Did you know? Henry Finlayson served in the British Army during World War I. Discover more at https://t.co/RNeR9agG4N
Muir, Henry Watson (Scoot)
- Township: Embro & West Zorra
- Branch: Royal Canadian Air Force
- Date of birth: 1922
- Where born: Embro, West Zorra Township, Oxford County, Ontario, Canada
- Burial location: North Embro Cemetery, West Zorra Township, Oxford County, Ontario, Canada
- Wars Served: World War II
- Years of service: September 1942 -
- Country enlisted with: Canada
The war-time tale of an Embro fly boy
By Scoot Muir
Henry Watson [Scoot] Muir (born 1922) grew up at Commissioner St., Embro. In the Second World War, he served with the Royal Canadian Air Force.
I joined the RCAF in September 1942 but was sent on leave, without pay, until Oct. 14, 1942. I reported to 1 Manning Depot on the exhibition grounds in Toronto where I received basic training, which consisted of military drill aptitude tests and shots.
In December 1942, I was posted to Hamilton for a math refresher course encompassing every thing needed for aircrew. We lived in private homes, and I boarded with Mrs. Harris at 17 Central Ave. She was a Scottish widow who was like my second mother One night, I had a bad cough, and she administered a shot of Scotch whisky which cured the cough. That was the beginning of my relationship with the nectar of Scotland.
At the end of March 1943, I went to Rockcliffe (Ottawa) for what was known as tarmac duty, which was really some place to put us until we could get into an initial training school. In the last week of April, I was posted to No. 2 Initial Training School in Regina, for more training in navigation, Morse code, armament and other odds and ends that prepared us for aircrew.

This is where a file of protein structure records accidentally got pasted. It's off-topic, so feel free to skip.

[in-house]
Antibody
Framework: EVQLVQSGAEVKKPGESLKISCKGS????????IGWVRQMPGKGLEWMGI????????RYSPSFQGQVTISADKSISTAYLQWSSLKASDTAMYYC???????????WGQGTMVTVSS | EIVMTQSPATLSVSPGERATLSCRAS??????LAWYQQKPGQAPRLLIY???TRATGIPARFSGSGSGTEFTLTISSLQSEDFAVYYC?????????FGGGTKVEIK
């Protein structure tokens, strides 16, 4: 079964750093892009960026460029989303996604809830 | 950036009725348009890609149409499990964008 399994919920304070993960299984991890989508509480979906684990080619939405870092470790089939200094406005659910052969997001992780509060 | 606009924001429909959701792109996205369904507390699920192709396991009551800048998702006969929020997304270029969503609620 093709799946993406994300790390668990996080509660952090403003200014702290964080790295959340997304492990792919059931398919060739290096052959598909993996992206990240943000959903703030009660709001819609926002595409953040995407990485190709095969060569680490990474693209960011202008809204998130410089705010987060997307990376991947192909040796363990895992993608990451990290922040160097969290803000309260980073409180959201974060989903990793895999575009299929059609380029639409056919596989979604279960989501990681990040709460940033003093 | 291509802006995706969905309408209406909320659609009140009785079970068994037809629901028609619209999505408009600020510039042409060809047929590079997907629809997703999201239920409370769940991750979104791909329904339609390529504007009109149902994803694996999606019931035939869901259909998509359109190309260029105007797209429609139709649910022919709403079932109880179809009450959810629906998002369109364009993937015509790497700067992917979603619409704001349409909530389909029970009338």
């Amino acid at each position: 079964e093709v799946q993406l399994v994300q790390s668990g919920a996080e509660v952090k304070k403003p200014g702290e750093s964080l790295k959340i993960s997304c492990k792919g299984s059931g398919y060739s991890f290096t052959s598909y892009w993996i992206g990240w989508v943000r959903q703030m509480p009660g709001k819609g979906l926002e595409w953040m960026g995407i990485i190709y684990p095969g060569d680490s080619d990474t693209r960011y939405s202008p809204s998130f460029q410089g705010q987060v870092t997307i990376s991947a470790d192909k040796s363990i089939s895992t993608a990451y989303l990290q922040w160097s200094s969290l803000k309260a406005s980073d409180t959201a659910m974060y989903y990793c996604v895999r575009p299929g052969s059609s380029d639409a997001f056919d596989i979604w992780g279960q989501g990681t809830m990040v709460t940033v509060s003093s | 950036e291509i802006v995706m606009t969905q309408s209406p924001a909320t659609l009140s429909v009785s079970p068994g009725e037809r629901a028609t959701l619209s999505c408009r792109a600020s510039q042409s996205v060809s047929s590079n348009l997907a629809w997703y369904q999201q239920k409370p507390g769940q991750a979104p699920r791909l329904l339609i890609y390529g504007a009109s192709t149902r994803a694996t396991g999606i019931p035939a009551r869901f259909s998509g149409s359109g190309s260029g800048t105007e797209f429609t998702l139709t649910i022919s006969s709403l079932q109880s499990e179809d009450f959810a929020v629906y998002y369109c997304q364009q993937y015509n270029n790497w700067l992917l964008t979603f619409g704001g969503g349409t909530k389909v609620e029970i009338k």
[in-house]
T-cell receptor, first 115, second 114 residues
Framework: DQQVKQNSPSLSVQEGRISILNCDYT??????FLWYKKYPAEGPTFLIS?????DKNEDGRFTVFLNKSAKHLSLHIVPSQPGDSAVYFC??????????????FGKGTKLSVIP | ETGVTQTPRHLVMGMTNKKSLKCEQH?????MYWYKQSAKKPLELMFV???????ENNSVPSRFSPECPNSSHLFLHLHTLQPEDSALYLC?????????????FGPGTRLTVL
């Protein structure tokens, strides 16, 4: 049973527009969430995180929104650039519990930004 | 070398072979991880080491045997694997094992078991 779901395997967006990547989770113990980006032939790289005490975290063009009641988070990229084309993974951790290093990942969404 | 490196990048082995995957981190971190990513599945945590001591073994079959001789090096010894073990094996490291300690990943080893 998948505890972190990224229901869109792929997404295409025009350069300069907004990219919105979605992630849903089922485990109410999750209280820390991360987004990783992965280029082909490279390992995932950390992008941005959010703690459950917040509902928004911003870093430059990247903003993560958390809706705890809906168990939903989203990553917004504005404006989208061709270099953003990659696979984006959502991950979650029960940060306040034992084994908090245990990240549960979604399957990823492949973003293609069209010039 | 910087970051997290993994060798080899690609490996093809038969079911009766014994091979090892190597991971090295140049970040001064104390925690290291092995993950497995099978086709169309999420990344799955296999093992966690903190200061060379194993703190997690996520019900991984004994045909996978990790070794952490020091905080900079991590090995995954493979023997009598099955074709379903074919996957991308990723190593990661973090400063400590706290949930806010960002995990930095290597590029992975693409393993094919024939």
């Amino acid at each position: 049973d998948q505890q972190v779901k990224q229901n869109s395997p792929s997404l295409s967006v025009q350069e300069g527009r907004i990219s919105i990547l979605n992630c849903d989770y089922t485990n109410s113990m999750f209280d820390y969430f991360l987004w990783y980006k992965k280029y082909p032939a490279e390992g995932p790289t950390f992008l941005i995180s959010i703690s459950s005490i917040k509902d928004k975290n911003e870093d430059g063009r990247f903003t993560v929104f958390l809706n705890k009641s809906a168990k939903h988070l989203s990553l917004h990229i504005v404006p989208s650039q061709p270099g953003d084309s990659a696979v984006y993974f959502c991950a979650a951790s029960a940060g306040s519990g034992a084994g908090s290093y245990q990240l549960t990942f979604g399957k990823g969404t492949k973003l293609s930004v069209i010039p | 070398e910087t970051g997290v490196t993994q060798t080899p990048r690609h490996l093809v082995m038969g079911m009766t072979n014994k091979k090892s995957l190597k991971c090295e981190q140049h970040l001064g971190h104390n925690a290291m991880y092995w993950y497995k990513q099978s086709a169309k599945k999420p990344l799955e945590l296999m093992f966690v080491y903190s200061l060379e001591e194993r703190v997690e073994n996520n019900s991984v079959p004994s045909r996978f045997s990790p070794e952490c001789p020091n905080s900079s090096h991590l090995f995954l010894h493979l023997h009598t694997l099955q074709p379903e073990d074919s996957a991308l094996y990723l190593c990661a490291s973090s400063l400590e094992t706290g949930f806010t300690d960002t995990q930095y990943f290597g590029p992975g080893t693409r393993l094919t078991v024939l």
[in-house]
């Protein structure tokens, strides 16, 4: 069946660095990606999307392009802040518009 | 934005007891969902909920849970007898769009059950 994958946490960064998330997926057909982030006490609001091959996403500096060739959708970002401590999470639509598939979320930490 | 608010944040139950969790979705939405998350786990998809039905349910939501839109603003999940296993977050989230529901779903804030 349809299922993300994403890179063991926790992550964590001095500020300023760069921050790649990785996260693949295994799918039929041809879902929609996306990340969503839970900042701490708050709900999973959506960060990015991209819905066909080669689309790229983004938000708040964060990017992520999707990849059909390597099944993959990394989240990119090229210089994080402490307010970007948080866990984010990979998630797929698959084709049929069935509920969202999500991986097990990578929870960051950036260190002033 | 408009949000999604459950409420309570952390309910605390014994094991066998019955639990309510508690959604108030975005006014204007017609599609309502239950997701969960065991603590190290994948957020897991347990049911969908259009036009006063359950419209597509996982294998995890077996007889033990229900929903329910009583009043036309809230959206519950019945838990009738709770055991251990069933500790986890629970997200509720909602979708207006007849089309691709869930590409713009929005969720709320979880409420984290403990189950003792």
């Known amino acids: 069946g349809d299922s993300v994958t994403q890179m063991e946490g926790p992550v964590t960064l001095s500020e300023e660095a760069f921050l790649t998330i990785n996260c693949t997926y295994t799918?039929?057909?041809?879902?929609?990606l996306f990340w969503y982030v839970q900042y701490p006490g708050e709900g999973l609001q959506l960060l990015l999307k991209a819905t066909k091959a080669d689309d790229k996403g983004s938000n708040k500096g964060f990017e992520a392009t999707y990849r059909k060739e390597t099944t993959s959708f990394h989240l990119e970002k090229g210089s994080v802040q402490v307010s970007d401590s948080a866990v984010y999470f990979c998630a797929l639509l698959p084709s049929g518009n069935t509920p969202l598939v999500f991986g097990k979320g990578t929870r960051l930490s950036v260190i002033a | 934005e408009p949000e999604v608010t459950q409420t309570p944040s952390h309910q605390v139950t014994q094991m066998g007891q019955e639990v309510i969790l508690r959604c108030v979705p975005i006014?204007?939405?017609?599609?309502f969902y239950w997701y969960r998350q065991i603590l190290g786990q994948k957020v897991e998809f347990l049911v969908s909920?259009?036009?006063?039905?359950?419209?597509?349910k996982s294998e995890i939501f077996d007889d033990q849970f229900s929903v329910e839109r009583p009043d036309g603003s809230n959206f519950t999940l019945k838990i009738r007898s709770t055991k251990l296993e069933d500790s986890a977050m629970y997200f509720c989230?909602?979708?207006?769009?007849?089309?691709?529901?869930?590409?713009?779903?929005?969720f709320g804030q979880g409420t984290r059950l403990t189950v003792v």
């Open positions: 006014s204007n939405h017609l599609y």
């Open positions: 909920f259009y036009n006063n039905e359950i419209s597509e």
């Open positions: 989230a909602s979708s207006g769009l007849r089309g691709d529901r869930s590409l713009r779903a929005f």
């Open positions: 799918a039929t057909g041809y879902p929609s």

I always thought that Regina was the nicest city. Going to the church of your choice on Sunday was a sure invitation to Sunday dinner in someone’s home. Saturday night at the Trianon Ballroom was a must, especially if you had met a girl while having Sunday dinner.
From No. 2 ITS, I was posted to No. 15 Elementary Flying School which was also near Regina. There we learned to fly the de Haviland Tiger Moth, a biplane which everyone loved. I flew my first solo flight on July 8. I’ll never forget that 15 minutes. After that, everything was routine. Willis Blair of Lot 9, Concession 2, was at the ITS at the same time, and he and I were invited to the home of Max Cody of Embro fame for dinner. Max was the publisher of the Regina Leader Post.
On Aug. 20, I was posted to the advance training school in Saskatchewan, where we learned to fly the twin-engine Cessna Crane. I soloed in it after seven hours of scaring the hell out of my instructor, a real prince of a guy, Ron Page. After a routine period of training, on Dec. 10, 1943, I was presented with my wings, one of the proudest moments of my life. Now I was ready to take on Adolf Hitler all by myself and win the war. The night before my graduation, I phoned home and talked to my sister to the tune of $11, which I had to pay when I got home.
After a leave, including Christmas at home, I was posted to the Royal Air Force’s No. 34 Operational Training Unit at Pennfield Ridge N.B. There, we flew the Lockheed PV-1 Ventura, a powerful-twin-engine Bomber.
I was at Pennfield until April 20. It was an isolated station, so not much happened that wasn’t routine. After three weeks leave, it was overseas to Great Britain. On July 30, I was posted to No. 13 Operational Training Unit at Finmere (Buckingham) and the Douglas Boston, a twin-engine fighter-bomber that was a dream to fly. From there it was a posting to Harford Bridge, Surrey, from where my crew and I flew eight trips. As the hostilities were winding down, the squadron was downsized, and I was sent back to Canada to go to the Pacific Theatre of Operations. But the A-bomb took care of that.